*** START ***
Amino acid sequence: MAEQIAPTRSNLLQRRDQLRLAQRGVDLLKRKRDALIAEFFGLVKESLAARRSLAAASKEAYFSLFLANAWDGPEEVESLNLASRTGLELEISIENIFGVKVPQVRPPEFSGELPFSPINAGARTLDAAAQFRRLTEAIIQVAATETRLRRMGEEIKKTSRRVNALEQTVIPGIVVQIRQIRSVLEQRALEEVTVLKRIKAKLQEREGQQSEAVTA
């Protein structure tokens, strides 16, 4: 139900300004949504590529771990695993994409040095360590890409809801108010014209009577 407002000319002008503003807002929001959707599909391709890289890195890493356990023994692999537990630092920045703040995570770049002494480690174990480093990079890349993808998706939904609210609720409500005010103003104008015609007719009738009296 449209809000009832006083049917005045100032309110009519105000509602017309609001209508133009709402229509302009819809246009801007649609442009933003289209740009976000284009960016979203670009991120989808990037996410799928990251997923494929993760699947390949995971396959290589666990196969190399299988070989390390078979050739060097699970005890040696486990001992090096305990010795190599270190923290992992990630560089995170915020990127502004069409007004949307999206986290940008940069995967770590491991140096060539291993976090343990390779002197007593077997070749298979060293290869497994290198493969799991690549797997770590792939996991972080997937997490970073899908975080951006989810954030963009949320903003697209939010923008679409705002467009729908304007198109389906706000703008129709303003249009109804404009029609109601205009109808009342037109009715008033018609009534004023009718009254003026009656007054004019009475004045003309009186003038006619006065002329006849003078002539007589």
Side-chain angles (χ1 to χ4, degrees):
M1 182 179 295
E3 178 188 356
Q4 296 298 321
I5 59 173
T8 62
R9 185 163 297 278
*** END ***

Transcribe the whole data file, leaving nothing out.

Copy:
Amino acid sequence: MAEQIAPTRSNLLQRRDQLRLAQRGVDLLKRKRDALIAEFFGLVKESLAARRSLAAASKEAYFSLFLANAWDGPEEVESLNLASRTGLELEISIENIFGVKVPQVRPPEFSGELPFSPINAGARTLDAAAQFRRLTEAIIQVAATETRLRRMGEEIKKTSRRVNALEQTVIPGIVVQIRQIRSVLEQRALEEVTVLKRIKAKLQEREGQQSEAVTA
């Protein structure tokens, strides 16, 4: 139900300004949504590529771990695993994409040095360590890409809801108010014209009577 407002000319002008503003807002929001959707599909391709890289890195890493356990023994692999537990630092920045703040995570770049002494480690174990480093990079890349993808998706939904609210609720409500005010103003104008015609007719009738009296 449209809000009832006083049917005045100032309110009519105000509602017309609001209508133009709402229509302009819809246009801007649609442009933003289209740009976000284009960016979203670009991120989808990037996410799928990251997923494929993760699947390949995971396959290589666990196969190399299988070989390390078979050739060097699970005890040696486990001992090096305990010795190599270190923290992992990630560089995170915020990127502004069409007004949307999206986290940008940069995967770590491991140096060539291993976090343990390779002197007593077997070749298979060293290869497994290198493969799991690549797997770590792939996991972080997937997490970073899908975080951006989810954030963009949320903003697209939010923008679409705002467009729908304007198109389906706000703008129709303003249009109804404009029609109601205009109808009342037109009715008033018609009534004023009718009254003026009656007054004019009475004045003309009186003038006619006065002329006849003078002539007589």
Side-chain angles (χ1 to χ4, degrees):
M1 182 179 295
E3 178 188 356
Q4 296 298 321
I5 59 173
T8 62
R9 185 163 297 278